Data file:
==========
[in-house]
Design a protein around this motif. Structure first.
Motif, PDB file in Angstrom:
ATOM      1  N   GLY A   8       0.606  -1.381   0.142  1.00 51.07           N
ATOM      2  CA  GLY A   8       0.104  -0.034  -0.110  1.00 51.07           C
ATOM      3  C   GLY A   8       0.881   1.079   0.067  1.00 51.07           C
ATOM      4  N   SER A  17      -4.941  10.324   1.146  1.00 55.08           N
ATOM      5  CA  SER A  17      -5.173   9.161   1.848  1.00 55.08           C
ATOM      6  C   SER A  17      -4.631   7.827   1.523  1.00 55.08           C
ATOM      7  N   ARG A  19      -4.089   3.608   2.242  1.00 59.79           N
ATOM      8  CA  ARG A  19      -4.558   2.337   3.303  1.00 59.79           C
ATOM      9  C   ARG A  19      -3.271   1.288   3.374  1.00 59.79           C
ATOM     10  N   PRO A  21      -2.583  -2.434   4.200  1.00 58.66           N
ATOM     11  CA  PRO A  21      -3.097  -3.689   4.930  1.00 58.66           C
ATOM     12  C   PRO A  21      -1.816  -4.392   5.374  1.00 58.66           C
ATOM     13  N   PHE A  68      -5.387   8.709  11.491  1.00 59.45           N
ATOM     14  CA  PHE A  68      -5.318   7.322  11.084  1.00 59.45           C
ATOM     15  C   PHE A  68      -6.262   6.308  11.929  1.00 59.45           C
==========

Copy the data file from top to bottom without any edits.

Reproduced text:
[in-house]
Design a protein around this motif. Structure first.
Motif, PDB file in Angstrom:
ATOM      1  N   GLY A   8       0.606  -1.381   0.142  1.00 51.07           N
ATOM      2  CA  GLY A   8       0.104  -0.034  -0.110  1.00 51.07           C
ATOM      3  C   GLY A   8       0.881   1.079   0.067  1.00 51.07           C
ATOM      4  N   SER A  17      -4.941  10.324   1.146  1.00 55.08           N
ATOM      5  CA  SER A  17      -5.173   9.161   1.848  1.00 55.08           C
ATOM      6  C   SER A  17      -4.631   7.827   1.523  1.00 55.08           C
ATOM      7  N   ARG A  19      -4.089   3.608   2.242  1.00 59.79           N
ATOM      8  CA  ARG A  19      -4.558   2.337   3.303  1.00 59.79           C
ATOM      9  C   ARG A  19      -3.271   1.288   3.374  1.00 59.79           C
ATOM     10  N   PRO A  21      -2.583  -2.434   4.200  1.00 58.66           N
ATOM     11  CA  PRO A  21      -3.097  -3.689   4.930  1.00 58.66           C
ATOM     12  C   PRO A  21      -1.816  -4.392   5.374  1.00 58.66           C
ATOM     13  N   PHE A  68      -5.387   8.709  11.491  1.00 59.45           N
ATOM     14  CA  PHE A  68      -5.318   7.322  11.084  1.00 59.45           C
ATOM     15  C   PHE A  68      -6.262   6.308  11.929  1.00 59.45           C